PROVIDENCE – The Rhode Island Department of Environmental Management (DEM) announces that the muzzleloader deer hunting season on state and private lands in Zones 1 & 2 opens on Saturday, November 4. All deer taken from Saturday, November 4 to Tuesday, November 7 must be checked at a state-operated check station. DEM has partnered with the Tiverton Rod and Gun Club to provide a convenient location for hunters in the East Bay to check deer.
State check stations will be open as follows:
WHEN: Saturday, November 4 – Tuesday, November 7| 8:00 a.m. – 6:00 p.m.
WHERE: Tiverton Rod and Gun Club, 1529 Fish Road, Tiverton Arcadia Management Area, Route 165, Ten Rod Road at Wood River, Exeter Carolina Management Area, Pine Hill Road, Richmond Durfee Hill Management Area, Reynolds Road (Route 94), Glocester Great Swamp Management Area, 277 Great Neck Road, West Kingston
The information collected at the biological check stations is vital to the state’s deer management program and is used to monitor the health of the deer herd and for disease surveillance. Every hunter is a vital and important contributor to deer management in Rhode Island; biologists rely on the deer harvest data provided by hunters to set season lengths and bag limits each year. All deer may be checked at vendor stations during the remainder of the season; see DEM’s Hunting and Trapping abstract for more information. The muzzleloader deer-hunting season on state and private land runs from Saturday, November 4 – Sunday, November 26, 2017 in Zones 1 & 2. From Tuesday, December 26 – Tuesday, January 2, 2018, deer may be taken on private land with antlerless deer permits only in Zones 1 & 2. Hunters are required to wear a minimum of 200 square inches of fluorescent orange during this portion of the muzzleloader season.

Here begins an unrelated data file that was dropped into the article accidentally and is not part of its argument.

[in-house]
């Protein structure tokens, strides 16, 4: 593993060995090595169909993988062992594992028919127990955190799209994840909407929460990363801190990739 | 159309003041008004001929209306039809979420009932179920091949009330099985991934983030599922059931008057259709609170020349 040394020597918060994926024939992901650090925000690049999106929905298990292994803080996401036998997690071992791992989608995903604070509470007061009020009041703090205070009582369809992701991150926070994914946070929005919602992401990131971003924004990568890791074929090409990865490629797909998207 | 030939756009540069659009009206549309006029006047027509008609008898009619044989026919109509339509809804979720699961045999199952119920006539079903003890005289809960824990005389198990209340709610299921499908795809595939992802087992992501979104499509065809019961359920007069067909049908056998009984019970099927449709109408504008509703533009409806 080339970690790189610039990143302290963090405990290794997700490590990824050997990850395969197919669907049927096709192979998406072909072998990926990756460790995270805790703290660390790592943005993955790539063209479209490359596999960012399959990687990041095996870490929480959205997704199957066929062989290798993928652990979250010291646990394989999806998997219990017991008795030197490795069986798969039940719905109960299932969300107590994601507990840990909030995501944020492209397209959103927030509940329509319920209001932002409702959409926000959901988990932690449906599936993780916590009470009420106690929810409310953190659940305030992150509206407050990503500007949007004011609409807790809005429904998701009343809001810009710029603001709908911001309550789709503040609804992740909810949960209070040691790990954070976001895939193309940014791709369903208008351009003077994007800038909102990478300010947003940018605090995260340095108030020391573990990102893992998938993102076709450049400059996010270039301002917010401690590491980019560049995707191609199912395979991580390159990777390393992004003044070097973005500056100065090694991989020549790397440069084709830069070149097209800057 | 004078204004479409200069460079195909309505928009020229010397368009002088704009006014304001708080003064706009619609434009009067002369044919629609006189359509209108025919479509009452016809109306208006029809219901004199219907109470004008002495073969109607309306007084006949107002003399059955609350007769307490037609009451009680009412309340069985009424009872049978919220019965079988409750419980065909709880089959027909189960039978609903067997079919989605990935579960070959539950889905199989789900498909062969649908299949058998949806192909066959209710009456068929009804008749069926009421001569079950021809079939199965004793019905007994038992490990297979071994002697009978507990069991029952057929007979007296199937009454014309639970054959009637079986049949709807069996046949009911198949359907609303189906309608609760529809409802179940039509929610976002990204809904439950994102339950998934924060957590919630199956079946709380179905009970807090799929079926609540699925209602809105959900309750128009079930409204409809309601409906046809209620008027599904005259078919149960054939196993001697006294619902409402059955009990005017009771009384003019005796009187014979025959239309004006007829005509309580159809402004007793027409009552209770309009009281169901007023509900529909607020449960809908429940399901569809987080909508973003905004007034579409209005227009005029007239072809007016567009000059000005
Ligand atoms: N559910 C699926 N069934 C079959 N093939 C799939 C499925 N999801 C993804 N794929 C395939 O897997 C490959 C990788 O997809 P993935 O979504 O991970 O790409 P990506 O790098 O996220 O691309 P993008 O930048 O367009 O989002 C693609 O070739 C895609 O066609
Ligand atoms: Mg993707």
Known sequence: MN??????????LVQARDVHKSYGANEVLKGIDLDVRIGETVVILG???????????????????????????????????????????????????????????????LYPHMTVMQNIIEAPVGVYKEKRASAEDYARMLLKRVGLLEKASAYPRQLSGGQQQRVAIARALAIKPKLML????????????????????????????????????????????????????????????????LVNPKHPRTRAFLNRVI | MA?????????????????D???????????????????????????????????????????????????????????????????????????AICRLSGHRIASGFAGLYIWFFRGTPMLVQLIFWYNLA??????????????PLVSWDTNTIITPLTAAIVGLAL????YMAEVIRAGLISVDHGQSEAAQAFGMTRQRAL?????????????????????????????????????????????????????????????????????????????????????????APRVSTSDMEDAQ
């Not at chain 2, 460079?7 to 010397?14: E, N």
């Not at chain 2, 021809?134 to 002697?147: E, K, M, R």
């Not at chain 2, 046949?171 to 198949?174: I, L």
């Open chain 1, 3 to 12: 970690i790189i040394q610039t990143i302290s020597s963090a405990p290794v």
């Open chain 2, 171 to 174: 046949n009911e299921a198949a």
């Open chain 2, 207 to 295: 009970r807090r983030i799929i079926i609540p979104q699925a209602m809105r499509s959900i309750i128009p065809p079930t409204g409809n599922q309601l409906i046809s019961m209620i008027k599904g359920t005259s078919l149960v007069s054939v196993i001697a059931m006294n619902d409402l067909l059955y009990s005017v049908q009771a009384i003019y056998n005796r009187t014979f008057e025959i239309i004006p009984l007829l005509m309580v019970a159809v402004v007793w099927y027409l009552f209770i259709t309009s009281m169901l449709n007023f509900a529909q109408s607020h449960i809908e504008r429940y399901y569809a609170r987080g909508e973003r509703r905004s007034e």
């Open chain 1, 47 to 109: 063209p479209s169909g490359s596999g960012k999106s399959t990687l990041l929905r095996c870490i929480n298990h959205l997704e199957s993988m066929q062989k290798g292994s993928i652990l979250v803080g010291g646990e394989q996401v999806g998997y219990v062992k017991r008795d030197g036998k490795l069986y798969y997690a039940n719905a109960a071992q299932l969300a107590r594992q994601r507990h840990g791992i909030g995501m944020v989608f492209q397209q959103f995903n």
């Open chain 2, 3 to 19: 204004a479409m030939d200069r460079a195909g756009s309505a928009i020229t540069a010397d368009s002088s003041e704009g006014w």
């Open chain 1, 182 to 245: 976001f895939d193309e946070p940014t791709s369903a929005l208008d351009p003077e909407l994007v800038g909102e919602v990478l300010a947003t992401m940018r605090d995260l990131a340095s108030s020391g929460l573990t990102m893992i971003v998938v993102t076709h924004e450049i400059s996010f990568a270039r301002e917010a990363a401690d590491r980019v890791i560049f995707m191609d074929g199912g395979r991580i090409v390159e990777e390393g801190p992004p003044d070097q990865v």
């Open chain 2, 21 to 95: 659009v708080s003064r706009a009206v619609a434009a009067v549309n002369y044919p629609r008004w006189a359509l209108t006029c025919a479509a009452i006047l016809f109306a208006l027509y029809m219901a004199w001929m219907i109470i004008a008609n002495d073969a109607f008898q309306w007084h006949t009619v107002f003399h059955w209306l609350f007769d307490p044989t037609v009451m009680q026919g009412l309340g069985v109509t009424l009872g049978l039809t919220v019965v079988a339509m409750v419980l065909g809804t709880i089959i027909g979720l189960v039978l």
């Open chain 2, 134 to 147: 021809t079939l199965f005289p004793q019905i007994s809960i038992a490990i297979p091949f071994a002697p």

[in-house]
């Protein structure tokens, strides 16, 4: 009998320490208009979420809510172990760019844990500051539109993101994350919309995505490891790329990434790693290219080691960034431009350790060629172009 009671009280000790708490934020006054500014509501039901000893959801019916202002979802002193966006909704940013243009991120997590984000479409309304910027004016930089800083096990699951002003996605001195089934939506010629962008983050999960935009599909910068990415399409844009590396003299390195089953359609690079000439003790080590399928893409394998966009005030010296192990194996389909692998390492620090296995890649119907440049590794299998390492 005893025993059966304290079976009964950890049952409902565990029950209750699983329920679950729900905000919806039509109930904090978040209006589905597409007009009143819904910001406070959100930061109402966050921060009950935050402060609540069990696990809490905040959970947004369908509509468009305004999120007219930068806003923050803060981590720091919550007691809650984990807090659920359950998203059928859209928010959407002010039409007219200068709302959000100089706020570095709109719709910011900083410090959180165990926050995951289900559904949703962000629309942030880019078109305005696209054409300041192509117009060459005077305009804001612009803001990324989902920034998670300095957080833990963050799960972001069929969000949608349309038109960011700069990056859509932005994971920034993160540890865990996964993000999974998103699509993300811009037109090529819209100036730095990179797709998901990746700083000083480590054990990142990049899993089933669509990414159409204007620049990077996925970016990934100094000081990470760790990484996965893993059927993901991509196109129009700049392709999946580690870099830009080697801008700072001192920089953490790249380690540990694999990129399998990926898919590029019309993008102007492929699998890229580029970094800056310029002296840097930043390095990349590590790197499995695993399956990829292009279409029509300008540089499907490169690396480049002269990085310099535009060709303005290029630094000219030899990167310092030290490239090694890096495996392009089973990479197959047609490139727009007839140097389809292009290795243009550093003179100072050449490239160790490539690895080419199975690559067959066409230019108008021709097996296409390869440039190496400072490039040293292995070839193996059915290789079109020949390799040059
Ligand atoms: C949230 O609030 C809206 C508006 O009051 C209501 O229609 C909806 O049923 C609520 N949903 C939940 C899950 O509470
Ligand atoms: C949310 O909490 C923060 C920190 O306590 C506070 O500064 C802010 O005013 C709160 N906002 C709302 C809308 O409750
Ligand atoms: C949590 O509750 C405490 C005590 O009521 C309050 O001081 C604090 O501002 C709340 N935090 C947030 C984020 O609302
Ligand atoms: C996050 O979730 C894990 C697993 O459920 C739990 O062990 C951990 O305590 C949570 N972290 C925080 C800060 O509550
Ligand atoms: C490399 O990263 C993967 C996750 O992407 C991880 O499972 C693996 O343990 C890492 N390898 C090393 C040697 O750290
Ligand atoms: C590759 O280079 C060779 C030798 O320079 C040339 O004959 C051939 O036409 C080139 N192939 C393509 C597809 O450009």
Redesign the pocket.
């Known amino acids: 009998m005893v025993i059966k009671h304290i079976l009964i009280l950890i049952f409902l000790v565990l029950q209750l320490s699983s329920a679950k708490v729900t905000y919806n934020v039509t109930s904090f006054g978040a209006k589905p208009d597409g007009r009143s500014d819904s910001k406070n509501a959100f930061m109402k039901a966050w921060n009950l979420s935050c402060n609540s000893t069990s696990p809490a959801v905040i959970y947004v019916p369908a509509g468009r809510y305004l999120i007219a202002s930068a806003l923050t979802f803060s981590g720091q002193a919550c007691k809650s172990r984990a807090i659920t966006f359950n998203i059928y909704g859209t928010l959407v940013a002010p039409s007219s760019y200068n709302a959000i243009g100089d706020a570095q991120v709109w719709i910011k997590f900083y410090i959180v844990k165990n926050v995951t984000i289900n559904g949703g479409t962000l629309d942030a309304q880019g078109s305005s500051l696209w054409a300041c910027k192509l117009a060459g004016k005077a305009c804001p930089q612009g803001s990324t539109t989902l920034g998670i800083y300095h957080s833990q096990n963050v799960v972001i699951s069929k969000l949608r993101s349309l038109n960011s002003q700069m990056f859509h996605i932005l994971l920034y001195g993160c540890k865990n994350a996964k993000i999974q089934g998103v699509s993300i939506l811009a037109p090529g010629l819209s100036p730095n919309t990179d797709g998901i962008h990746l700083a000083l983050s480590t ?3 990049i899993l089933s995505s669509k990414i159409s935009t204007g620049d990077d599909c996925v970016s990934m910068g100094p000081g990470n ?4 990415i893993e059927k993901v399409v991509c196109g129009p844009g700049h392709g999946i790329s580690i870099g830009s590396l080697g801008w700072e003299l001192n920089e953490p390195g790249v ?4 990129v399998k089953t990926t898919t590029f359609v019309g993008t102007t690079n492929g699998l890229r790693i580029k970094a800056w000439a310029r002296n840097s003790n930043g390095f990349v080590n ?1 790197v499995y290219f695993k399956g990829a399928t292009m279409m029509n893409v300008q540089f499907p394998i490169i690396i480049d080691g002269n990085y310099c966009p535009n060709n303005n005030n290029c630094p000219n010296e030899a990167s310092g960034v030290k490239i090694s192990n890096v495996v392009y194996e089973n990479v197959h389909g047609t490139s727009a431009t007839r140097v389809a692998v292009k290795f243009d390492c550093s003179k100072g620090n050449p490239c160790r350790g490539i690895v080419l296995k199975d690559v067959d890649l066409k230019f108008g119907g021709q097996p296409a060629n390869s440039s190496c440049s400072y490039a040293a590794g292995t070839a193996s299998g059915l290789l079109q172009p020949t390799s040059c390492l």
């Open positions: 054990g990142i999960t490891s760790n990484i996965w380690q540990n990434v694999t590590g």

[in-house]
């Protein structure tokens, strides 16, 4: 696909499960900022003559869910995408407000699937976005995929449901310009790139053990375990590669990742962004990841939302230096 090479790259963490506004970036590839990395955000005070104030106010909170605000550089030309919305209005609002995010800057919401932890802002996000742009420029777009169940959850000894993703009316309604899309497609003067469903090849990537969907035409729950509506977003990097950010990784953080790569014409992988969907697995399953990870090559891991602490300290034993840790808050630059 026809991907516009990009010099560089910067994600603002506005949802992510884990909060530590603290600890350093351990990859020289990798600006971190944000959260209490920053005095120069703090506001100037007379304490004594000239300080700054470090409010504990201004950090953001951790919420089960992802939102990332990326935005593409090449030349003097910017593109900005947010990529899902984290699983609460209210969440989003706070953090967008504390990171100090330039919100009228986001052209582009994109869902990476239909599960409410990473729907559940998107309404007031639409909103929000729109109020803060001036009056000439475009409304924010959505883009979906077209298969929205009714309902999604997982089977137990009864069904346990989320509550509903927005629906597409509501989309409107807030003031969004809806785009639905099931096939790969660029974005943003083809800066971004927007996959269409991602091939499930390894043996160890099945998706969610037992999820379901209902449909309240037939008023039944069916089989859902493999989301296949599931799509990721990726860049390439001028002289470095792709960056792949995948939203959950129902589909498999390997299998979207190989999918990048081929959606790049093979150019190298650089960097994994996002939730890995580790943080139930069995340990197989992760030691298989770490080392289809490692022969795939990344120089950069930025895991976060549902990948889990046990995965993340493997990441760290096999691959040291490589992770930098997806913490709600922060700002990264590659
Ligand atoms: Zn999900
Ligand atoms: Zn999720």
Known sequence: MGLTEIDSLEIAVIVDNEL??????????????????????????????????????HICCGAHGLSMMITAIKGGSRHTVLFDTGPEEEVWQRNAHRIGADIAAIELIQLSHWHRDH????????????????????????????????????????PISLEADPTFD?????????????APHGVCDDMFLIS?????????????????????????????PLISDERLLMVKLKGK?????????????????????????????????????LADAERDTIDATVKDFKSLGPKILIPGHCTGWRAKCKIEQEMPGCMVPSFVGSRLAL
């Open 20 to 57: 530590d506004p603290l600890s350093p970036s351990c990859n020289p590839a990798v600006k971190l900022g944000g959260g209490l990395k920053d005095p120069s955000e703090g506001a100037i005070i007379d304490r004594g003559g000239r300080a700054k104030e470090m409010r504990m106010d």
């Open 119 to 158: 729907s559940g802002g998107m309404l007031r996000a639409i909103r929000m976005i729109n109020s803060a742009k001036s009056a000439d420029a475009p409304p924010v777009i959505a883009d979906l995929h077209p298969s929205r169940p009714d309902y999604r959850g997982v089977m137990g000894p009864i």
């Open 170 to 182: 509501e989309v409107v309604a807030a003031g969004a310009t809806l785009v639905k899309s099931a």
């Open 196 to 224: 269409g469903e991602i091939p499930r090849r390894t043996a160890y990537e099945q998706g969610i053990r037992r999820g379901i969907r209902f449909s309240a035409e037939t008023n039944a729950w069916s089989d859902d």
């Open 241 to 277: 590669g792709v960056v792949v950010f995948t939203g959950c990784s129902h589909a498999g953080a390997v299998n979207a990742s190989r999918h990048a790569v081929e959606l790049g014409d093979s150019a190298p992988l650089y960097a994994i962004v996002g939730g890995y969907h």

Deer hunting hours remain one-half hour before sunrise to one-half hour after sunset. All deer taken must be tagged immediately and checked within 24 hours as provided by regulation. Hunters should check DEM regulations for specific regulations as to where hunting is allowed, and should also check with local authorities for additional hunting restrictions.
As part of a larger network of recreational opportunities in Rhode Island, hunting plays an important role in connecting people with nature, supporting quality of life and family traditions, and attracting tourism. According to the U.S. Fish & Wildlife Service, hunting contributes more than $18 million annually to Rhode Island’s economy. There are approximately 17,000 licensed hunters in Rhode Island. Hunter education is offered as part of DEM Division of Fish & Wildlife’s Hunter Education Program. Safety training is required by law in Rhode Island for beginning hunters. To date, more than 40,000 people have completed a hunter safety course in Rhode Island, helping to dramatically reduce related accidents in the state and elsewhere. A complete schedule of hunter educational offerings is available at www.dem.ri.gov.